In erster Linie bemängelt die Stiftung, dass dort von vielen Anbietern Löhne gezahlt werden, “die kaum zum Leben reichen”. Überstunden seien an der Tagesordnung. In einem untersuchten Fall hätten fast alle Arbeiter zusätzlich zu ihrer 48-Stunden-Woche 87,5 Überstunden gemacht statt der gesetzlich erlaubten 36 Stunden. …
LA Weekly, 26.7.2012
… Sweatshops are fashion’s dirty little secret. For years they supplied the majority of the clothes being manufactured worldwide. But the answer to whether they still exist in Los Angeles depends on whom you ask.
And to ask in a room full of manufacturers is to insult the bride at her own wedding: uncomfortable, vaguely repulsed expressions all around. In fact, the California Fashion Association started 17 years ago because of sweatshops. Specifically, the El Monte crisis of 1995. …
Olympics merchandise for London 2012 is being produced in sweatshop conditions with staff earning as little as £6 a day, despite organisers promising to clean up its supply chain, according to a new report.
Activists in China spoke to dozens of factory workers and discovered staff were forced to work up to 120 hours overtime a month, nearly three times the legal limit.
… The report added that a sustainable and ethical sourcing code issued by Locog in 2008 was inadequate. It said: “The rampant rights violations reveal that Locog codes are really no more than lip service with no commitment to the enforcement of labour rights standards.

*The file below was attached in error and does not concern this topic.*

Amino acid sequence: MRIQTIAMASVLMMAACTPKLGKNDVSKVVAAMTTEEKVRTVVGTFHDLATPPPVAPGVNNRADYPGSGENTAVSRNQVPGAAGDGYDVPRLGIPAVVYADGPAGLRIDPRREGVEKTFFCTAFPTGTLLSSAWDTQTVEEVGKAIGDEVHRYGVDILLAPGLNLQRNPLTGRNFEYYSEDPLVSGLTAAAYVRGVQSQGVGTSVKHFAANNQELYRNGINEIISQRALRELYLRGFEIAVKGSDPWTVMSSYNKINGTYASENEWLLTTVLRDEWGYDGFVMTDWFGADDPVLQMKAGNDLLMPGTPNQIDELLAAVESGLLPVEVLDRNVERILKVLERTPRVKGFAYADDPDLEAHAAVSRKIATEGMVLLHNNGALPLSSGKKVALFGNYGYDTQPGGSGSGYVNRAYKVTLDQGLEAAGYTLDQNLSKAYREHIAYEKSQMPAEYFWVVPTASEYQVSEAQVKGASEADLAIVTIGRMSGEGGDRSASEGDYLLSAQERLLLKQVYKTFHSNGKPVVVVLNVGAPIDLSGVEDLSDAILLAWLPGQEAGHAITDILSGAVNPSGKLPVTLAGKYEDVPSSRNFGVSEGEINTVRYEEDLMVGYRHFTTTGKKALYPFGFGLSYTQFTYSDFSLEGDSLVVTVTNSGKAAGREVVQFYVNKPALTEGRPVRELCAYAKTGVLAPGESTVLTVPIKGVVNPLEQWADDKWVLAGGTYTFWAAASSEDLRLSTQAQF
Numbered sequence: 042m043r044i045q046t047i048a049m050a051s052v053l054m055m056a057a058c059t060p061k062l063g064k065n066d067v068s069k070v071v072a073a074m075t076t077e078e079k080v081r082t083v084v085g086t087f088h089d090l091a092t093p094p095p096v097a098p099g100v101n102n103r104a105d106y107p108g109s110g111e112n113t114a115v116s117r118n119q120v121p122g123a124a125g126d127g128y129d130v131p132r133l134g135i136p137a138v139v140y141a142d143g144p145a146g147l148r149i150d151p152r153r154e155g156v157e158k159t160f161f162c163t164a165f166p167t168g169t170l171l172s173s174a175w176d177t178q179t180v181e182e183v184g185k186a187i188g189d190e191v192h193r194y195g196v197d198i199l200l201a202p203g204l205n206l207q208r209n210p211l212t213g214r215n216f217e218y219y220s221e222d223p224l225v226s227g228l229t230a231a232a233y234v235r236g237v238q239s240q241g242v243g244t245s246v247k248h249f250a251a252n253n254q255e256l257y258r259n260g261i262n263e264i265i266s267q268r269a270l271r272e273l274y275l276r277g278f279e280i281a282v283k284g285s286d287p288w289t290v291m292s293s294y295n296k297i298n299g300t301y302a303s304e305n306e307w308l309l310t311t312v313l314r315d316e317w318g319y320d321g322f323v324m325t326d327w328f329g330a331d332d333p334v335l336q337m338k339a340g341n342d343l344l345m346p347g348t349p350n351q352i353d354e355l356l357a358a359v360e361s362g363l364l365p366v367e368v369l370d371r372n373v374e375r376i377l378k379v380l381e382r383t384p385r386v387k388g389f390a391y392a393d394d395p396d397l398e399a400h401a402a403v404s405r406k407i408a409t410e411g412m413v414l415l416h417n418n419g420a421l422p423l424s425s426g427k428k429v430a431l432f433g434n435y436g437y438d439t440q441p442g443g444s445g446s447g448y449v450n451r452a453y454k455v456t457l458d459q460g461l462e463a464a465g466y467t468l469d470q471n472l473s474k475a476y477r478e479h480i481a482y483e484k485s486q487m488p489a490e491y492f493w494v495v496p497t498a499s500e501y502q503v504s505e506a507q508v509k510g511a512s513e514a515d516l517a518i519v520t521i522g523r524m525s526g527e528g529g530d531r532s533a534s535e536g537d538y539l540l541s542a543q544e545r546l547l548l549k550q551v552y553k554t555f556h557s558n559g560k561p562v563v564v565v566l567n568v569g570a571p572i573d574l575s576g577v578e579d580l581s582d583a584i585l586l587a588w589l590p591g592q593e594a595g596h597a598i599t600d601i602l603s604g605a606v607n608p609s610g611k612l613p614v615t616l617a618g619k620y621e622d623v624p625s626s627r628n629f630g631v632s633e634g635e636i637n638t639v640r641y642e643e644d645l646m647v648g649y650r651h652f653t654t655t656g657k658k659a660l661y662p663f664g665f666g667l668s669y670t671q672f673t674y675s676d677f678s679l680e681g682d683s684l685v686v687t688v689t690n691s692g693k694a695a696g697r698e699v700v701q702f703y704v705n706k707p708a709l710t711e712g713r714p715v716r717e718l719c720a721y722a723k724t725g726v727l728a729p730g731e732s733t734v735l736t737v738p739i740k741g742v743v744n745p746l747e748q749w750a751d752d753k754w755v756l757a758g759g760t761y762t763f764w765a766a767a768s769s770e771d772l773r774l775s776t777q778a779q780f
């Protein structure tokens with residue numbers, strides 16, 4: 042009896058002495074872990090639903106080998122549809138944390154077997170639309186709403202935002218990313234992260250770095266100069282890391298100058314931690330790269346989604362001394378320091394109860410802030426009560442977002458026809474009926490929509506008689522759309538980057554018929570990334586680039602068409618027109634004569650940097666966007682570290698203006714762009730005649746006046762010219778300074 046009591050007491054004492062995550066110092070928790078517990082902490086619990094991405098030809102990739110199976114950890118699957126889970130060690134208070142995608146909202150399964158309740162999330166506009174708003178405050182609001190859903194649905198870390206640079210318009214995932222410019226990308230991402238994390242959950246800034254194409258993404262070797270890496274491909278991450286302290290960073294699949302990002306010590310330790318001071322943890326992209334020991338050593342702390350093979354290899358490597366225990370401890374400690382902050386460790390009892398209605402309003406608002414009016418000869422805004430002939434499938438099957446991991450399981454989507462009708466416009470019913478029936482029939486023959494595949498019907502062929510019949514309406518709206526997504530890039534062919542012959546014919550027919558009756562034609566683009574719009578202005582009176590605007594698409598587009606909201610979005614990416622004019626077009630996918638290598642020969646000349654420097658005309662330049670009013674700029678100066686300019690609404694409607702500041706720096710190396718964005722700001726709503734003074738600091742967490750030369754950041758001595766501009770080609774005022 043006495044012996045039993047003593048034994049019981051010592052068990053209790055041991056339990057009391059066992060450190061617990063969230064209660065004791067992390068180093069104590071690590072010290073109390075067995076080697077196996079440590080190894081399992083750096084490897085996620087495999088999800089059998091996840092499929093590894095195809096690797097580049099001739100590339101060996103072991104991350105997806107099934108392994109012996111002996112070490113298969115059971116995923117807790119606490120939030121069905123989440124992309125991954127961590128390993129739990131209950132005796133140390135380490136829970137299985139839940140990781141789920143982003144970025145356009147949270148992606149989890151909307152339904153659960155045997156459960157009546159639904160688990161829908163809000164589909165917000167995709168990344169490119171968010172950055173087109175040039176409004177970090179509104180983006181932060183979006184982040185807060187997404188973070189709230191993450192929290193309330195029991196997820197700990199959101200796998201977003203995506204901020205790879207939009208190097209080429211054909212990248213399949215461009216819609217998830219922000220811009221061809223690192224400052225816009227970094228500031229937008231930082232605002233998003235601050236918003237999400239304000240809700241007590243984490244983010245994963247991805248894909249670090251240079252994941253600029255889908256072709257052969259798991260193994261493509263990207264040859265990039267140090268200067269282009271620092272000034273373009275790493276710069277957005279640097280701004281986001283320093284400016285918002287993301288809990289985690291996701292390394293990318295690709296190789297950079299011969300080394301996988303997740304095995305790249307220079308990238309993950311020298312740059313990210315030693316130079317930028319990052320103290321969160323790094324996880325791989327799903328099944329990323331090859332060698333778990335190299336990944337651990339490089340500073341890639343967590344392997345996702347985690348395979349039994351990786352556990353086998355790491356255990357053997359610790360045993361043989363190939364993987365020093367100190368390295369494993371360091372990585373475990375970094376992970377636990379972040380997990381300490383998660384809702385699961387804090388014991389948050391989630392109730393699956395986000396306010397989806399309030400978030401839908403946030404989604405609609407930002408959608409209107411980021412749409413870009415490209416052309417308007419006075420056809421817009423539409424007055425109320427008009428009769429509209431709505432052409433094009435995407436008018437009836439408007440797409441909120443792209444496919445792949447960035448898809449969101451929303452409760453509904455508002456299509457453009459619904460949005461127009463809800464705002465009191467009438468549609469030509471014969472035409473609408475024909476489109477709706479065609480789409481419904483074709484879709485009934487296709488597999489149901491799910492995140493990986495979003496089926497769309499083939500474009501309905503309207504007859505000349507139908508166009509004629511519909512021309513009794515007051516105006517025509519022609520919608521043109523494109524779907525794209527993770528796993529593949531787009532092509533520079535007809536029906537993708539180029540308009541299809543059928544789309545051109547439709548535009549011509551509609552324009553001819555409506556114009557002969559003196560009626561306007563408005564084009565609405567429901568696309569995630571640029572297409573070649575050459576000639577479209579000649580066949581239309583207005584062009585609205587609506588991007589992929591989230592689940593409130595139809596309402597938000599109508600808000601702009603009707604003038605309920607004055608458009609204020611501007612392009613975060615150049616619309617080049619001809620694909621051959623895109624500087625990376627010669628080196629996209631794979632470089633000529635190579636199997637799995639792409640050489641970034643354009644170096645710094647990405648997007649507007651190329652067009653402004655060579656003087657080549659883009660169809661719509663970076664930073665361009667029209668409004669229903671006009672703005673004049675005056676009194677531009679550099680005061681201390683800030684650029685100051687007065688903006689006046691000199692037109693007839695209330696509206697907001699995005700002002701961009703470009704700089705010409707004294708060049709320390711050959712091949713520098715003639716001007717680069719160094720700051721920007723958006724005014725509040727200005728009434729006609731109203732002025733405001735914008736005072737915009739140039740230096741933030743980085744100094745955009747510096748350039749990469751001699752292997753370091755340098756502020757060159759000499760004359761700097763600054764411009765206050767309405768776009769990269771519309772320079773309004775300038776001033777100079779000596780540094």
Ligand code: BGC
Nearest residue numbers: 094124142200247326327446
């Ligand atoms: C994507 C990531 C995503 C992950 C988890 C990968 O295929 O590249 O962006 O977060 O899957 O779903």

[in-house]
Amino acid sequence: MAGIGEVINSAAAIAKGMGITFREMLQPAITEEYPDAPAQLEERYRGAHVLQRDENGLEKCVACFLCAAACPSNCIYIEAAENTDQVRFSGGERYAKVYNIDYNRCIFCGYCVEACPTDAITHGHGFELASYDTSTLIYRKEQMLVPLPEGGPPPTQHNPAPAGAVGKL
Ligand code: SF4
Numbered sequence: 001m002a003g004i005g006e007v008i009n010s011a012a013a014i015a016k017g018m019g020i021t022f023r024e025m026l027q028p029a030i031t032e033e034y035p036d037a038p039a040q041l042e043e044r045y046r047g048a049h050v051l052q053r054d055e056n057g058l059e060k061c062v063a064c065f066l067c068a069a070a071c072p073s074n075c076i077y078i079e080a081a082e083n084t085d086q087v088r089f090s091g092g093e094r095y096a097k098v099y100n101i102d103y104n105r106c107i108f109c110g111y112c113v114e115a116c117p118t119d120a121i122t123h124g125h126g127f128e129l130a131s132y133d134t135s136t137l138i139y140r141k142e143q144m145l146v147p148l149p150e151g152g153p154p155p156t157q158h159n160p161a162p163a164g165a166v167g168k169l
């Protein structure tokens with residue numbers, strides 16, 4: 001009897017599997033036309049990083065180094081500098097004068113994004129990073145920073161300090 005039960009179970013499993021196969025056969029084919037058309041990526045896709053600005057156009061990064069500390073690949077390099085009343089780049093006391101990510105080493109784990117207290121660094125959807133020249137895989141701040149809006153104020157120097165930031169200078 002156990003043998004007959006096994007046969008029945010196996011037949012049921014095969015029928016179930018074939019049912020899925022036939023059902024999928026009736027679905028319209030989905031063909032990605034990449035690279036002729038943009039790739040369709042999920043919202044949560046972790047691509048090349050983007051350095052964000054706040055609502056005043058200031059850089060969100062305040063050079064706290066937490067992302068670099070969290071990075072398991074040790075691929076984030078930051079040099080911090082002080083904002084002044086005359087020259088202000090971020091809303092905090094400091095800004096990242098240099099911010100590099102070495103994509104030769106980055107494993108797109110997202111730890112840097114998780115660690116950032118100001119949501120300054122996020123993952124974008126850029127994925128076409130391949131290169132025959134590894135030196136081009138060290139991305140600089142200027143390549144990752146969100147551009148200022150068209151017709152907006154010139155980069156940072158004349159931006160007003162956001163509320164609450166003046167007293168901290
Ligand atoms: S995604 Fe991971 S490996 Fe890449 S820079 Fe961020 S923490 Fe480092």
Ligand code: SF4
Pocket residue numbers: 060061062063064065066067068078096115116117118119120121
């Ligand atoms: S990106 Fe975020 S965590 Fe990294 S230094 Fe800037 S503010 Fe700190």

“The IOC should establish a policy and action plan for future Olympic Games … adopt a code of conduct for the suppliers which should include terms like living wages, freedom of association and the right to remedy.”
Deccan Herald, 7.8.2012
… ‘The Economist’ carried an article ‘Sweating for Fashion’ which says “Nike, for example, has been accused of using child labour in Cambodia; Adidas of using prison labour in China; Benetton of using child workers in Turkey.” Where is the public outrage, where are the tears by human rights organisations in India and abroad for this kind of inhumanity? Why cry foul only at those children in the fireworks factories of Sivakasi; the diamond polishing factories of Surat, the silk reeling yards in Karnataka or the carpet weaving godowns of Punjab? They have made world headlines (and blockbuster films too) even though it has not reduced the sale of crackers or diamonds or silk or carpets in countries which condemn the practice. …
… The problem of child labour is a complex issue, something that cannot be solved through legislation or with simplistic solutions. It is driven mainly out of poverty and in societies where women have limited choices in questions of marriage or family planning. Desperate for money, and unable to feed their families, they sometimes inevitably place their offspring in bonded labour or worse. The next best thing they can do is to hand over the elder siblings to factories, hotels or even homes where they are assured of at least one proper meal every day. …
FWF Blog, 27.7.2012
… The Fair Wear Foundation-European Outdoor Group Living Wage Study is designed to address one of the main questions – What is the relationship between product pricing and wage levels. The study will examine what happens to prices of typical products when wages are increased to meet a variety of living wage benchmarks.